It’s true that I tend to create crises, over and over.

I know it, and I’m working on it.

But it seems as though I perform better in a crisis, at least I get much more done. I don’t know why, and I don’t like it. It is very stressful, I don’t like it and a large part of what I’ve been working on this year has been trying to stop doing this.

I haven’t been completely successful, but I think I’m making some progress.

It’s also true that being my friend can be exhausting.

I know it.

That’s one reason I withdraw during hard times. I don’t WANT to draw everyone else into the pit with me.

What’s my point today?

I don’t know.

I guess I’m beating a dead drum of wanting people to be precise when they speak. Or to be more understanding of mental illness. Or something.

I’m tired of my own drama, too, and want it to end. Maybe the friend that was referenced above feels the same way?

Mental Health: How society treats Mental Illness

I started writing this on April 19, around the time of the Boston Marathon bombing.

I don’t want to think about a lot of the stuff that’s gone on this week, on the large scale (Boston, Texas, Waterton, etc) and on a personal one (Monterrey and tires – I’ll relate it soon).

And then I read this:

And that really didn’t make anything better.

For some reason, it reminded me of one of the (actually very few) negative reactions I’ve had when I disclosed my Bipolar.

I was in school, pretty early on, maybe my second semester at the university, so 2005? 2006? I was in a history class. The teacher was very strict on counting attendance as part of the grade. I was struggling with a bout of depression. One of my classmates, a young woman, was struggling with debilitating migraines.

We were commiserating about this and I talked about being bipolar. I also talked about about my daughter who was in third or fourth grade at the time.

The young woman said, “They haven’t taken her away?” or maybe it was, “Why haven’t they taken her away?”

I was shocked, stunned.

I’m ill, so “they” should take her away from me? More importantly, “they” should take me away from her?

My response to the young woman was, “Why should they take her away? She’s clean, fed, bright, does well in school, has clothes, etc.”

I wasn’t taking care of myself very well at that point, but SHE was taken care of. That’s where the majority of my energy went.

I don’t know if that reaction is better or worse than some of the other reactions I’ve had. The best is when someone starts to relate about about someone in their lives that has the illness or another big psych issue.

But others are like, “Aren’t we all a little bipolar?” I loved the nurse that tried to tell me to get off my meds and everything would be fine, that was good. There’s a great list of “things to not say” here.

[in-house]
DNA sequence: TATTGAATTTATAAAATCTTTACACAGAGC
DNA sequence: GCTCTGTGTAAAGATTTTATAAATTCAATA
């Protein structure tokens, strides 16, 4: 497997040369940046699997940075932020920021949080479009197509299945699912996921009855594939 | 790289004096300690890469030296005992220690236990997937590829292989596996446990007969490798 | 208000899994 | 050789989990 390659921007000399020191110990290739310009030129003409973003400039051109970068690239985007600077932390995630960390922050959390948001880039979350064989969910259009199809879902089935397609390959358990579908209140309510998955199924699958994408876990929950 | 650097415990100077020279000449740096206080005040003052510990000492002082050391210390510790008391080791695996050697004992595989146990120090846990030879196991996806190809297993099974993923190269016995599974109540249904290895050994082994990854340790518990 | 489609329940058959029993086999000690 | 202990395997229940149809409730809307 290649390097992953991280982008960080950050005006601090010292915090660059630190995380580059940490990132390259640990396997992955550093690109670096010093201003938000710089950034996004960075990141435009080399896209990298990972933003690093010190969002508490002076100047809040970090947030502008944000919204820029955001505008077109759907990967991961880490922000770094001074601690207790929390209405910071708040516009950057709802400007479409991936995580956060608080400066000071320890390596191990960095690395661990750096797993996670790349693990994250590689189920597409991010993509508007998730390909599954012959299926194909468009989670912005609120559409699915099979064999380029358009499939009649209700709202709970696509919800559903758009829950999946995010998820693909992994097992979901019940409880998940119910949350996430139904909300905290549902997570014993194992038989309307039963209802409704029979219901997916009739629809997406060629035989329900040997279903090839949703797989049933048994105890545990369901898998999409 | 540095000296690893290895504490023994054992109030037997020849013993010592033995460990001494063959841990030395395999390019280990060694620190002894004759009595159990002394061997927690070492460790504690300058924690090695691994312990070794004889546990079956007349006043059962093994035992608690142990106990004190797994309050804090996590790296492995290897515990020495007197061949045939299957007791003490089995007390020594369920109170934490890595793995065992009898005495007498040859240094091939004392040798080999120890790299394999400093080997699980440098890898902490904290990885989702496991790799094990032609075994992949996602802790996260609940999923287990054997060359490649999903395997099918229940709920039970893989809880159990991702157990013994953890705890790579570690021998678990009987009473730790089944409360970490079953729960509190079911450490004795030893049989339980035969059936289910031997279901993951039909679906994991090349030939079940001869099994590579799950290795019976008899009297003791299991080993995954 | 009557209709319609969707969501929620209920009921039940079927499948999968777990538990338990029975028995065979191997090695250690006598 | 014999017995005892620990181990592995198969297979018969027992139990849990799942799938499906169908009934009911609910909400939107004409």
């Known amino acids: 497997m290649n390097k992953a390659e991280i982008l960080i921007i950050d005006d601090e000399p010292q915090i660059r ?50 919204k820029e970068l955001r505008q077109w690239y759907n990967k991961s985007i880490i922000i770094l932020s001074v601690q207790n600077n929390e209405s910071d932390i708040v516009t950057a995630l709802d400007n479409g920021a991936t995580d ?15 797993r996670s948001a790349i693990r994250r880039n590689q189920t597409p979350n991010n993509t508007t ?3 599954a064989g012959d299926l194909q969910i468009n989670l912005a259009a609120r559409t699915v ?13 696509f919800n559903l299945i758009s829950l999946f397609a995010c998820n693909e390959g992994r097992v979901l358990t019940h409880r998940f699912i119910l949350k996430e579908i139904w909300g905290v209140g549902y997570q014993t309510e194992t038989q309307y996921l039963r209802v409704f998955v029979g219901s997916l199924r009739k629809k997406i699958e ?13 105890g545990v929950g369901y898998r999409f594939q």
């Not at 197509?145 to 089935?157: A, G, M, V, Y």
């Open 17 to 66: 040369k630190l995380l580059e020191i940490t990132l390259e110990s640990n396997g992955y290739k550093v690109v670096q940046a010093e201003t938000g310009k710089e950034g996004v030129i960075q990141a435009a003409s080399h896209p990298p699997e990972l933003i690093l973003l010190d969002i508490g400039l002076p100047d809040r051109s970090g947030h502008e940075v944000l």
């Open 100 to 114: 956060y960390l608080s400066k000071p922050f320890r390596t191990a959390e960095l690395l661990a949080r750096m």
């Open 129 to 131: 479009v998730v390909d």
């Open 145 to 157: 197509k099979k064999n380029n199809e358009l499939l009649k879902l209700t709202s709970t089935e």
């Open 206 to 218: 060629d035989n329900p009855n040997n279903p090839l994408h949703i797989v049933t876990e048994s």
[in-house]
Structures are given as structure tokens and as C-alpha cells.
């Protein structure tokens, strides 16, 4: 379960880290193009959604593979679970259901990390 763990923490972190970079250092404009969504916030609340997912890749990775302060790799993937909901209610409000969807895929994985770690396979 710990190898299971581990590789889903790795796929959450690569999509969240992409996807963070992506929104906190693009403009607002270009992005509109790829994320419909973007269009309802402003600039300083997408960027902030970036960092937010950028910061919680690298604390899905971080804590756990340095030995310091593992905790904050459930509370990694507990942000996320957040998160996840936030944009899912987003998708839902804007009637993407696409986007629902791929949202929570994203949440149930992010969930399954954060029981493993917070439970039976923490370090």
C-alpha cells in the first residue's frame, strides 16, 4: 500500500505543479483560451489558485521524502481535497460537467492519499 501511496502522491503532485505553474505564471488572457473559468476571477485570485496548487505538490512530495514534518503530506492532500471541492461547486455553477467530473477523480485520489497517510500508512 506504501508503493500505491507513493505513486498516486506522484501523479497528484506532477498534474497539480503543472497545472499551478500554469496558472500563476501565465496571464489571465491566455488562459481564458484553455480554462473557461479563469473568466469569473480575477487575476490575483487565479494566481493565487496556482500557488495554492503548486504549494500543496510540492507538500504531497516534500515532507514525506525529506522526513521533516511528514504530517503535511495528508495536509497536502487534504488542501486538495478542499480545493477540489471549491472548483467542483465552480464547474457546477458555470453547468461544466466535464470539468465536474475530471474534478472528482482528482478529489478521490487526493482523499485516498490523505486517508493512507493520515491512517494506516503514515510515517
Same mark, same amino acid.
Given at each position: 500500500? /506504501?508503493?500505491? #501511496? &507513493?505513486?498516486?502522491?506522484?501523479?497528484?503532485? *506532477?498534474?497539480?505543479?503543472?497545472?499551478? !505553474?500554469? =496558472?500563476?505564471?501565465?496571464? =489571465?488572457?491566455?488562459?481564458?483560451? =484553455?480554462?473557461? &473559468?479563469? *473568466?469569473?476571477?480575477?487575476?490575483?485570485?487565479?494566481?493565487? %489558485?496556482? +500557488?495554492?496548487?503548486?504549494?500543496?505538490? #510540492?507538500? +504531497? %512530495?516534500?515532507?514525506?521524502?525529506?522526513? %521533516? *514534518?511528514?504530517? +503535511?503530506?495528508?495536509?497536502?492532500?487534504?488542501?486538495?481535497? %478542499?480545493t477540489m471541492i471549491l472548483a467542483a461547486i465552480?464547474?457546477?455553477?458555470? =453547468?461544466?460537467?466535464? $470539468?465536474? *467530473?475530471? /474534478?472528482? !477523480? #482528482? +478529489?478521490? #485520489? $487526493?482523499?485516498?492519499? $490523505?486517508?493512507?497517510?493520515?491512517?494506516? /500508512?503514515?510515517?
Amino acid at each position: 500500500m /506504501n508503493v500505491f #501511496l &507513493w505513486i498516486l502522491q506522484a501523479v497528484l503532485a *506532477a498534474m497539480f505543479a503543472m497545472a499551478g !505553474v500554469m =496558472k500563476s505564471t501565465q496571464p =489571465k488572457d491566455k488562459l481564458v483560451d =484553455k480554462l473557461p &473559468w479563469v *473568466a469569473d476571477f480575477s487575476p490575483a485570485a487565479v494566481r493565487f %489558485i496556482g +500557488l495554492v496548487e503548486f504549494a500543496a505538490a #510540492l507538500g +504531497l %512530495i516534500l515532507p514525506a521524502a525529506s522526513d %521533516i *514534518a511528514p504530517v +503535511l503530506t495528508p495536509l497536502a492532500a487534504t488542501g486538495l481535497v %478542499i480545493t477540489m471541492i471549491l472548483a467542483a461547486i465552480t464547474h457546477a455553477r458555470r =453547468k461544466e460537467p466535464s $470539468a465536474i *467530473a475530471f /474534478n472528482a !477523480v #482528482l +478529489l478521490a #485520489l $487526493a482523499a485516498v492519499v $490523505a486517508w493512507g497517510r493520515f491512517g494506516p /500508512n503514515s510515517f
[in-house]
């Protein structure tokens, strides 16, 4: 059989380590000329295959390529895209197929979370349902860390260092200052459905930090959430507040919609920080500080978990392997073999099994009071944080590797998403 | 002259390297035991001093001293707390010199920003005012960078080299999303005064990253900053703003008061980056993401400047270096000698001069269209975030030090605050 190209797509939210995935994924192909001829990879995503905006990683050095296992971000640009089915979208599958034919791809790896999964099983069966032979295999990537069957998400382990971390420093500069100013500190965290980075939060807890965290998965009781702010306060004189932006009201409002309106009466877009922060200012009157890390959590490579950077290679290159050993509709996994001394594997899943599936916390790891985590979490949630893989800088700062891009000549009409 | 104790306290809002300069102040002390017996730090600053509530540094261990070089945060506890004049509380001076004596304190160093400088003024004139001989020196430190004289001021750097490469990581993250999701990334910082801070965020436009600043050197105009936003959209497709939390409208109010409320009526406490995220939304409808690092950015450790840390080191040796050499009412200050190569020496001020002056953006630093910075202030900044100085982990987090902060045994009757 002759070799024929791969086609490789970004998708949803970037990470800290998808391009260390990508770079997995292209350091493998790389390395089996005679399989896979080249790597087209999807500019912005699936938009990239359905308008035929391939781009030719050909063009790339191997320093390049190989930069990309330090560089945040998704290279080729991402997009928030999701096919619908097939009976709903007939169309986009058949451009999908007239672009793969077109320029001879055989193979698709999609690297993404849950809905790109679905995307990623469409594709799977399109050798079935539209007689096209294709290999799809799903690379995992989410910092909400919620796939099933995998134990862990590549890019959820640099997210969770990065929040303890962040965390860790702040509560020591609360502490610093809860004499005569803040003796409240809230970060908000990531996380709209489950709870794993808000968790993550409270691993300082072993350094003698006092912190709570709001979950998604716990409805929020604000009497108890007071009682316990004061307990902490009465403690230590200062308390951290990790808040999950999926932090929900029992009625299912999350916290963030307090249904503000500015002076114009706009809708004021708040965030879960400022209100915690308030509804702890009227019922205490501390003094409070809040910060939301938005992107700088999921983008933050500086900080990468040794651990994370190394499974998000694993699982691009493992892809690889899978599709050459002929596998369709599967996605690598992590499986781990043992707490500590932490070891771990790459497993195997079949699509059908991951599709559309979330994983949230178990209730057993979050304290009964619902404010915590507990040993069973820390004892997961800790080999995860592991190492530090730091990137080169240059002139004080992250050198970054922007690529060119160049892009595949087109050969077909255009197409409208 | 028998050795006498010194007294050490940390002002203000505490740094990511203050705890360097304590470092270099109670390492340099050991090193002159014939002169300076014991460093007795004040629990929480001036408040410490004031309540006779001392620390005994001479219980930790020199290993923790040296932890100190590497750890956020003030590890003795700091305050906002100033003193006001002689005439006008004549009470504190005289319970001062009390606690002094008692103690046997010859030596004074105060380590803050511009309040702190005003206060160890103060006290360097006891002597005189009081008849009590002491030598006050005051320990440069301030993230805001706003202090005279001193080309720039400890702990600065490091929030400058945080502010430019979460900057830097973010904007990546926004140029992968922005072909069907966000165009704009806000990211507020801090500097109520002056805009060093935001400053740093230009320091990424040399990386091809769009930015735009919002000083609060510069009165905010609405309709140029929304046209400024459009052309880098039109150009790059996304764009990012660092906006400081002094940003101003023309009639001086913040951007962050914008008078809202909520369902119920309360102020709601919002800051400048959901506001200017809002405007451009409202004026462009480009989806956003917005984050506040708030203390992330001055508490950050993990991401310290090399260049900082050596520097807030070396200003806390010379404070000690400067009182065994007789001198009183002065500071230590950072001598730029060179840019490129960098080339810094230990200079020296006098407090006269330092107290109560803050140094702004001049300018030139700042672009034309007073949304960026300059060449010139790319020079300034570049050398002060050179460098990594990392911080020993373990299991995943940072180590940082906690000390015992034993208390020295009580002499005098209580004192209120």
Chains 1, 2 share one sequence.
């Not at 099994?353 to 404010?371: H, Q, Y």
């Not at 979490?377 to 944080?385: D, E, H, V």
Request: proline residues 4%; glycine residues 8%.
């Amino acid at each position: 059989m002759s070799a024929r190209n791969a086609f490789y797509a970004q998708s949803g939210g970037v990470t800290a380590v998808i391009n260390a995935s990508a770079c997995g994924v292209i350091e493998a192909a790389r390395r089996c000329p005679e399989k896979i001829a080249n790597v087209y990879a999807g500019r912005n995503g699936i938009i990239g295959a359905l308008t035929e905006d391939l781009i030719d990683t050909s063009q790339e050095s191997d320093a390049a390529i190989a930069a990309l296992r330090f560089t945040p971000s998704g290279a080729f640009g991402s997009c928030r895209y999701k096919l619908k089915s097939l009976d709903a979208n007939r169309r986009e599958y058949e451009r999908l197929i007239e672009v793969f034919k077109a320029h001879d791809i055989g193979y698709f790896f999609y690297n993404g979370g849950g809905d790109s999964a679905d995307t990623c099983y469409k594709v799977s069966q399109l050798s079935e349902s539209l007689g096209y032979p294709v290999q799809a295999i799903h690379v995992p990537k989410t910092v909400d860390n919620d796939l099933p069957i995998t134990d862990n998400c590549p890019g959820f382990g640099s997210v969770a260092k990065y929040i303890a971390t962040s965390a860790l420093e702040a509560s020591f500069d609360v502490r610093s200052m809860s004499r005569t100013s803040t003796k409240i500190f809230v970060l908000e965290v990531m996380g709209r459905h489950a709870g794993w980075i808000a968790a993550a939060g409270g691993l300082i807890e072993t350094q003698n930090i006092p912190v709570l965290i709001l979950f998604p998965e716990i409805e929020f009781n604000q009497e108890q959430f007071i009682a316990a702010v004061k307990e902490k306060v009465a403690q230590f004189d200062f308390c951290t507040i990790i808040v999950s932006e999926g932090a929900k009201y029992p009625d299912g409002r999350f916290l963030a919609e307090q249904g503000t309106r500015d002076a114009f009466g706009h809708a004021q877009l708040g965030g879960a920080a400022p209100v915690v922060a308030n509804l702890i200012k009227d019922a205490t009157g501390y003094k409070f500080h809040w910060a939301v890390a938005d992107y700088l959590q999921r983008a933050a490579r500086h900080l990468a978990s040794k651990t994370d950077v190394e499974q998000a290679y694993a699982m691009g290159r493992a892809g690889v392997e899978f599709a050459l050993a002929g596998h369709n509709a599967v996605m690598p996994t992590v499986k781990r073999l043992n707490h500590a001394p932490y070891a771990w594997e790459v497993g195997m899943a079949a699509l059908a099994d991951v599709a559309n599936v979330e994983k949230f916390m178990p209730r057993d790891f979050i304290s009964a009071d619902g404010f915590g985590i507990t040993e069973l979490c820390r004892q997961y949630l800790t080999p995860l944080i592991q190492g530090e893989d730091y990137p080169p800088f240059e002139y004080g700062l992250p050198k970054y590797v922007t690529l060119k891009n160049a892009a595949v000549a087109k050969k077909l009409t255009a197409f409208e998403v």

Not sure I have a real point today, except I’m fairly frustrated at the way we as a society treat mental illness.

This came up for me again recently.

The new Diagnostic and Statistical Manual of Psychiatric Disorders, version V, came out this month.

The director of the National Institute of Mental Health, Thomas Insel,  “rejected” the new version as not scientific enough.

 Indeed, symptom-based diagnosis, once common in other areas of medicine, has been largely replaced in the past half century as we have understood that symptoms alone rarely indicate the best choice of treatment. Patients with mental disorders deserve better.

 I agree that we need better ways of determining mental illness.

Wouldn’t it be great to point to a blood test or a brain scan to say, “THIS is what’s wrong”?

But those tests don’t exist yet. There is research going on, but it’s not yet at a level where we can do that.

NIMH does not deal directly with patients, they fund research, so this won’t affect patients directly.

NIMH is apparently going to use their own criteria called Research Domain Criteria. NAMI (National Alliance on Mental Illness) on the other hand has a more rational approach, along the lines of my feeling – It’s not perfect, but it’s what we have right now.

While we are better than mental hospitals of 50 years ago, we still have a long way to go treating mental illness, and those who suffer with it so that it’s on parity with “physical” illnesses.

Mental Health Month: Bipolar – the Manic Side

Depression and the depressed side of bipolar get a lot of attention, in the media and in society. Many people know someone that has battled depression at some point in their lives.

Most people don’t know anything about the manic side. They are told that it is the “up” side of bipolar, the creative side. And it is.

But it is also can be just as destructive as the depressed side.

Symptoms of mania include three or more of the following (when not caused by drugs):

  • inflated self-esteem or grandiosity
  • decreased need for sleep (such as feeling rested after only 3-4 hours of sleep)
  • more talkative than usual or pressure to keep talking
  • flight of ideas or subjective experience that thoughts are racing
  • distractibility (attention too easily drawn to unimportant or irrelevant external stimuli)
  • increase in goal-directed activity (either socially, at work or school, or sexually) or psychomotor agitation.
  • excessive involvement in pleasurable activities that have a high potential for painful consequences (such as unrestrained buying sprees, sexual indiscretions, or foolish business investments)
Full mania can also lead to psychosis and hallucinations. Hypomania (“little” mania) of the bipolar II has all the same symptoms, but lack psychosis and supposedly aren’t severe enough to interfere with daily life.